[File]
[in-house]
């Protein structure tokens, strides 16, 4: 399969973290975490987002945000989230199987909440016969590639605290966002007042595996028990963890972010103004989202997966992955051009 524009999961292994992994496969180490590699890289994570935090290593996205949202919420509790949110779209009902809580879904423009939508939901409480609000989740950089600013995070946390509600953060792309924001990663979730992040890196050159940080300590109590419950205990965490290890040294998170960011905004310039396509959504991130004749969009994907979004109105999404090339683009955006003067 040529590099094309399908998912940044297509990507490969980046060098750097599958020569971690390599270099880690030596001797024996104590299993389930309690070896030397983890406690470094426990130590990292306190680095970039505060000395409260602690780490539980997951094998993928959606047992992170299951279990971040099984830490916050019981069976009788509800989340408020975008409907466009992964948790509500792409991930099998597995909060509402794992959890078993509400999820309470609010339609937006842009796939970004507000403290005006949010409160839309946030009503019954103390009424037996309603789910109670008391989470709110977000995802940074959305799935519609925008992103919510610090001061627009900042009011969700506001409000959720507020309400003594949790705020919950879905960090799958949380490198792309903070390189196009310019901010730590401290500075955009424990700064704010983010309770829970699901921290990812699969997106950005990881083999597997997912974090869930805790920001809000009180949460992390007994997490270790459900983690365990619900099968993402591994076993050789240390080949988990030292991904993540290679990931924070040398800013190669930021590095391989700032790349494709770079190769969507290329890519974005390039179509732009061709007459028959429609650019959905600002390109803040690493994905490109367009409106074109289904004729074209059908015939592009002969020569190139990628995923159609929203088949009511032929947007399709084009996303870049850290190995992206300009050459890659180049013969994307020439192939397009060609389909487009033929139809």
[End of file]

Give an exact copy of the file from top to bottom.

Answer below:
[in-house]
């Protein structure tokens, strides 16, 4: 399969973290975490987002945000989230199987909440016969590639605290966002007042595996028990963890972010103004989202997966992955051009 524009999961292994992994496969180490590699890289994570935090290593996205949202919420509790949110779209009902809580879904423009939508939901409480609000989740950089600013995070946390509600953060792309924001990663979730992040890196050159940080300590109590419950205990965490290890040294998170960011905004310039396509959504991130004749969009994907979004109105999404090339683009955006003067 040529590099094309399908998912940044297509990507490969980046060098750097599958020569971690390599270099880690030596001797024996104590299993389930309690070896030397983890406690470094426990130590990292306190680095970039505060000395409260602690780490539980997951094998993928959606047992992170299951279990971040099984830490916050019981069976009788509800989340408020975008409907466009992964948790509500792409991930099998597995909060509402794992959890078993509400999820309470609010339609937006842009796939970004507000403290005006949010409160839309946030009503019954103390009424037996309603789910109670008391989470709110977000995802940074959305799935519609925008992103919510610090001061627009900042009011969700506001409000959720507020309400003594949790705020919950879905960090799958949380490198792309903070390189196009310019901010730590401290500075955009424990700064704010983010309770829970699901921290990812699969997106950005990881083999597997997912974090869930805790920001809000009180949460992390007994997490270790459900983690365990619900099968993402591994076993050789240390080949988990030292991904993540290679990931924070040398800013190669930021590095391989700032790349494709770079190769969507290329890519974005390039179509732009061709007459028959429609650019959905600002390109803040690493994905490109367009409106074109289904004729074209059908015939592009002969020569190139990628995923159609929203088949009511032929947007399709084009996303870049850290190995992206300009050459890659180049013969994307020439192939397009060609389909487009033929139809």